Industrialising remote offices with VMware vSAN
Recently we received lots of new hardware destined for a customer that has multiple locations world-wide.
They need a robust server solution for their production environments locally. The environment is small in terms of number of VMs, but there is high demands on the environment and we need local hardware at the sites as the connections to these sites varies and they are not fast enough at all times.
Our solution for these locations was to deploy a small vSAN environment at each site together with the local network gear they need. While performance and stability being the key factors in the project we also had to have cost in mind (as always).
Together with the customer we decided to deploy a two-node vSAN cluster with a witness host (appliance) and a local physical domain controller.
- vSAN Hosts: Two HPE DL380 Gen10 servers with 64 GB RAM, two 400 GB SSD disks for the cache tier and 4 600GB HDD disks for the capacity tier.
- Witness: To run the witness appliance we have chosen the small HPE DL20 Gen9 server with 32GB RAM, two 480GB SSD disks and 4 2TB HDD disks. This host is installed with ESXi and are running the witness appliance together with a virtual backup appliance. The disks are put in RAID1 (SSD) for running the two VMs and RAID5 (HDDs, one disk as hot spare) for the backup data.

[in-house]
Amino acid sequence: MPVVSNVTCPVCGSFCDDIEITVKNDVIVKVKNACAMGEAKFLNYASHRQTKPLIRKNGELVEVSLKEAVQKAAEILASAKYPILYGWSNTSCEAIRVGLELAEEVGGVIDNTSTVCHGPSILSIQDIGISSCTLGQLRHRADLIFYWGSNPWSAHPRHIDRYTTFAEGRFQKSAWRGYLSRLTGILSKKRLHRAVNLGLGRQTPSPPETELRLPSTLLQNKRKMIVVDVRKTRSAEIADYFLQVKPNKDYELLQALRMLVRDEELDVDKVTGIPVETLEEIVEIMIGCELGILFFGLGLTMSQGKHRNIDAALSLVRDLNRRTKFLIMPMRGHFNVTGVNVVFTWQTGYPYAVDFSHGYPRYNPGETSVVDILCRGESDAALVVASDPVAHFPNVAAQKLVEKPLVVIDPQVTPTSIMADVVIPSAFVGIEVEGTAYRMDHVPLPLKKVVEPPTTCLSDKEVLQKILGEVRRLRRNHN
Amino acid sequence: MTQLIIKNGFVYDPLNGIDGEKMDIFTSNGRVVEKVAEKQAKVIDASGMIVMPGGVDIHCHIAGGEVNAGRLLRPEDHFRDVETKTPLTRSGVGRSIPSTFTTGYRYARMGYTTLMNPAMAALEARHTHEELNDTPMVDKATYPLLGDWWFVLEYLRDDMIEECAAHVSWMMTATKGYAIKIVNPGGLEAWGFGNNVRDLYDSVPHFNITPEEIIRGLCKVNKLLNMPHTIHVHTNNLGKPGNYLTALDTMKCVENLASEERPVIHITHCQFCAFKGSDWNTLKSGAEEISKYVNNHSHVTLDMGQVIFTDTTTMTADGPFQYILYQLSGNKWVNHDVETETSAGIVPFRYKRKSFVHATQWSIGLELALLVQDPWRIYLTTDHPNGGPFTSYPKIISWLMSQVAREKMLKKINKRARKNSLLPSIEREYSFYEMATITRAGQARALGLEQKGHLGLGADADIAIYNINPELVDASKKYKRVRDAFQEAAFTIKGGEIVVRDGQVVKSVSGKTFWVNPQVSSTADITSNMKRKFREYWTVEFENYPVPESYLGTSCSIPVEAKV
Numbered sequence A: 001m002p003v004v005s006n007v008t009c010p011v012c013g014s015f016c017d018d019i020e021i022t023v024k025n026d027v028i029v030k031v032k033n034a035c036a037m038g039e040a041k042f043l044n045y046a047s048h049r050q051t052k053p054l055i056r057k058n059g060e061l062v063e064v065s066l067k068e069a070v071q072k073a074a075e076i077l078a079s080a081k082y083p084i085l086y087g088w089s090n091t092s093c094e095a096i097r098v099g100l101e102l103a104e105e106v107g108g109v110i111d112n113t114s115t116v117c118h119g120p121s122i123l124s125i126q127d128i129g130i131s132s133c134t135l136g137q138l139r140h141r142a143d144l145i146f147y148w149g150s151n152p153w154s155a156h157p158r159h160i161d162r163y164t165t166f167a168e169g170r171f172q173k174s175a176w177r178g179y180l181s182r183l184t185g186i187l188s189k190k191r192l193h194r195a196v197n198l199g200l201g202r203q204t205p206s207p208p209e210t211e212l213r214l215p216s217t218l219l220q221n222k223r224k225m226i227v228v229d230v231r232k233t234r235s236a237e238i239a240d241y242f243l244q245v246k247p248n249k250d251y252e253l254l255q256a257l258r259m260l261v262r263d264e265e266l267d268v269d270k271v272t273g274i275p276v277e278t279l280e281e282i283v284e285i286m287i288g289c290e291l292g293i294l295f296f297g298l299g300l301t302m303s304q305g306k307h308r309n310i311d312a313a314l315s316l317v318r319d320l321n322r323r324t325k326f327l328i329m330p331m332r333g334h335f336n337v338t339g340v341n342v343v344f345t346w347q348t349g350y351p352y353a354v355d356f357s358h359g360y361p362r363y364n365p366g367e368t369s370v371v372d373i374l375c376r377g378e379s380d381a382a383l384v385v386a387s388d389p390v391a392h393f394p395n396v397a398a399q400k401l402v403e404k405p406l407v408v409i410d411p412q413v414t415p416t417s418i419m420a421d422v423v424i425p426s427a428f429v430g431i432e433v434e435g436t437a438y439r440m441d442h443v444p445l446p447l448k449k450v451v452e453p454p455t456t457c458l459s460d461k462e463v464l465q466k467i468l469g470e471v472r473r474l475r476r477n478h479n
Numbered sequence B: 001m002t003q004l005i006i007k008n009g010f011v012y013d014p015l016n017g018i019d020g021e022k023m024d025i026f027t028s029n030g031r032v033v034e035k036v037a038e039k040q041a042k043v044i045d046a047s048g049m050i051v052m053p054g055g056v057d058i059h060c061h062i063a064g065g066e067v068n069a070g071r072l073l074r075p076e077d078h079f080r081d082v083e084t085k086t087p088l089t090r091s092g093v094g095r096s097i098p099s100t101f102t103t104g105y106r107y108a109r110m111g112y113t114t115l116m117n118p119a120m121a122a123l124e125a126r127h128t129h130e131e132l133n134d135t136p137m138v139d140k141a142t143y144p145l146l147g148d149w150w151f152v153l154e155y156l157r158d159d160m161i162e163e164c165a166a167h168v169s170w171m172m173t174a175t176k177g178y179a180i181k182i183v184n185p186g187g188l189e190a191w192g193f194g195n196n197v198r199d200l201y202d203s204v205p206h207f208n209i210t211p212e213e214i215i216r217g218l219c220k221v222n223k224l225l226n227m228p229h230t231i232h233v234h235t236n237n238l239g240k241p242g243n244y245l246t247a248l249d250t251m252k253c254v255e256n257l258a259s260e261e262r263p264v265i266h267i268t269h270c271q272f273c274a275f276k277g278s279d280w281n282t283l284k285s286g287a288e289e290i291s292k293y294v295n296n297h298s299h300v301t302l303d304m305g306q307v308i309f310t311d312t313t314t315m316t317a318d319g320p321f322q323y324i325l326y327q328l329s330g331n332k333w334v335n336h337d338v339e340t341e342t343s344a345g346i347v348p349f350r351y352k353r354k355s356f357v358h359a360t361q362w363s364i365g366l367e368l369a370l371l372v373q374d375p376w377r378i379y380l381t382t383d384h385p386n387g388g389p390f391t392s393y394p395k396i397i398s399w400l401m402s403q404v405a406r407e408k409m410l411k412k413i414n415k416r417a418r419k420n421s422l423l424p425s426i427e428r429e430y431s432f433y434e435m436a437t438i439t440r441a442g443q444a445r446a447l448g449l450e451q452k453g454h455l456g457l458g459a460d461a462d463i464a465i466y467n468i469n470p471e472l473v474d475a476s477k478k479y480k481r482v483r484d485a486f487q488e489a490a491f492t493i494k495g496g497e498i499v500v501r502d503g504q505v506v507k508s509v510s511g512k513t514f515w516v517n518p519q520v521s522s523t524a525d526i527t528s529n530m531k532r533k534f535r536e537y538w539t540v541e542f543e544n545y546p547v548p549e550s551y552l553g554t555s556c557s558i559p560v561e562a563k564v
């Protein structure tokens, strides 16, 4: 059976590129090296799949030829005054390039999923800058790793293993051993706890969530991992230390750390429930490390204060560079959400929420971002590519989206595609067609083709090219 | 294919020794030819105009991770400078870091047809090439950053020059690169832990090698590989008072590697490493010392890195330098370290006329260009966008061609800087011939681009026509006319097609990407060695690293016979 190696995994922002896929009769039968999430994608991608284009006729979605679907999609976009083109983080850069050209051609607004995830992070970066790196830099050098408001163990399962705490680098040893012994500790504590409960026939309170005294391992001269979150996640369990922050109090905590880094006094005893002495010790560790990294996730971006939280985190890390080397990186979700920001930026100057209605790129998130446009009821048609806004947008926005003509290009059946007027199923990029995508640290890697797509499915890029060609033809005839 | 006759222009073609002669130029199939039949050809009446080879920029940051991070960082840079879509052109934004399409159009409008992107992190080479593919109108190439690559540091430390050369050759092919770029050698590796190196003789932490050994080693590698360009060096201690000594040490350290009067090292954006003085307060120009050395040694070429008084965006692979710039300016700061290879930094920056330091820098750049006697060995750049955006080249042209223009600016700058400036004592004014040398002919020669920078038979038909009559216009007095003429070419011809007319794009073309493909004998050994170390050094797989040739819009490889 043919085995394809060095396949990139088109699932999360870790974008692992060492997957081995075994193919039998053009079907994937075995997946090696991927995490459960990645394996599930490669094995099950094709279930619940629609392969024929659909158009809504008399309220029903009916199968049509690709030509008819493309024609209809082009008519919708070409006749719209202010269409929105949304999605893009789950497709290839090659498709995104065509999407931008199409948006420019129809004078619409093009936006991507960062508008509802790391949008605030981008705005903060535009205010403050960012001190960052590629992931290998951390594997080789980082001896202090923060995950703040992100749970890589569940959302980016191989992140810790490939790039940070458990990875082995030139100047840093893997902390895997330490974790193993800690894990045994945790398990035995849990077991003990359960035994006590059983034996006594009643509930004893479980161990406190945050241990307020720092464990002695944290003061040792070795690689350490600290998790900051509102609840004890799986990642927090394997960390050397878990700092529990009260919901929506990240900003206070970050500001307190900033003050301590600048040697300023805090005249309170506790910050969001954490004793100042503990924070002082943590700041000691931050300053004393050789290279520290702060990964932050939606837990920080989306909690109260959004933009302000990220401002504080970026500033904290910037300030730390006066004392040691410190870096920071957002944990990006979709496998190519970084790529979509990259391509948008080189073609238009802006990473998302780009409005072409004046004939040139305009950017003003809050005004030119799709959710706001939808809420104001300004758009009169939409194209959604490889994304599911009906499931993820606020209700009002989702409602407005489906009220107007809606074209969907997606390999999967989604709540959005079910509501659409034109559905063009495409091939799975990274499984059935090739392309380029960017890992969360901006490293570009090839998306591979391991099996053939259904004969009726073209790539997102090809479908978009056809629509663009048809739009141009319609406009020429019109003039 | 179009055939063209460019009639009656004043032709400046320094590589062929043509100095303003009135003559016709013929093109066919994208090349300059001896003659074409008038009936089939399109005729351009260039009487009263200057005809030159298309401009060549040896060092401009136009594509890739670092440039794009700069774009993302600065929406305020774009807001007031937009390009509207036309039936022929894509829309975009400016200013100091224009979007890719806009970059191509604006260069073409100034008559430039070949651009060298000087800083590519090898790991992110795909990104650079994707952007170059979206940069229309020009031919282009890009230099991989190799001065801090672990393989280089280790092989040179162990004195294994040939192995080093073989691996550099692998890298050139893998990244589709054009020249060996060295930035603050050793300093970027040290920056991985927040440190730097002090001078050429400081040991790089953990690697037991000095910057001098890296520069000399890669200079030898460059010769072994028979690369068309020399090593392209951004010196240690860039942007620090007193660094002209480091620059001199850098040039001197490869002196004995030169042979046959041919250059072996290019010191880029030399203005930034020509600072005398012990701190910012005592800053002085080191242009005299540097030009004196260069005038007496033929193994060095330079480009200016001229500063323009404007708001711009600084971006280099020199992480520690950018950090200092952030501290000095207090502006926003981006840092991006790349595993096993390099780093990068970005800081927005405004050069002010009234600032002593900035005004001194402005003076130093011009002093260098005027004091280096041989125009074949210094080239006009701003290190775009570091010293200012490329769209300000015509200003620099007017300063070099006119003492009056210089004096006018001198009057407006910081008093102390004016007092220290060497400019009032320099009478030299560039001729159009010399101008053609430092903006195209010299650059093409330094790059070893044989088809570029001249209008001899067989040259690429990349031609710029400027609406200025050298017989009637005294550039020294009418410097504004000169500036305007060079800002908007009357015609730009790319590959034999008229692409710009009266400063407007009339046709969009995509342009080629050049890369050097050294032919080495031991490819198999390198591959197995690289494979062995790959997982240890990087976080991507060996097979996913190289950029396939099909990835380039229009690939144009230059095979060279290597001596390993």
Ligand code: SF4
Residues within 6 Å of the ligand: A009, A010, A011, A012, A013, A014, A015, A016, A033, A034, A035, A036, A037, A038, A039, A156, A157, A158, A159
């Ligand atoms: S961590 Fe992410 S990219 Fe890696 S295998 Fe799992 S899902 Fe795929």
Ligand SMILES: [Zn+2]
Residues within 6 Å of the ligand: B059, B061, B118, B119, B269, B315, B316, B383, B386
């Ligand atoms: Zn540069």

- DC: HPE DL20 Gen9 with 16GB RAM and 3 240GB SSD disks put in RAID1 (one disk as spare).
Networking wise we're gearing the solution with two Cisco 892 routers, two Cisco 2960 switches, a Cisco Aironet accesspoint and a Palo Alto PA-220 firewall. We are also putting in a 4G backup router.
Everything is backed by a HPE UPS that should be able to keep the equipment up for a couple of hours in case of power outages.
As you can imagine the cost aspect comes in play with the DL20 servers as they are not very performant, but they serve their purpose. Likewise with the 1G Cisco switches that one could wish to be replaced with 10G devices, but with the expected amount of VMs and network traffic they produce, they should also be sufficient. The VSAN traffic runs on direct links between the two hosts.
All of the gear is racked in a half-height (22U) HPE rack and the rack is also equipped with a HPE KVM switch connected to the four hosts.
Update: Just to clarify, this solution will have the one rack as one single physical fault domain, so if you are looking for a more fault tolerant solution you should of course split the hardware on different racks, datacenters etc as you need. As this is a smaller local environment the setup has been justified.
The racks are prepared and staged at our head office in Norway before they are shipped to the different sites.
A couple of pictures pre- and post-racking of the network gear with color coded network cables and the works.
With 7 of these racks we of course looked at automating the setup. We will look at that in an upcoming post.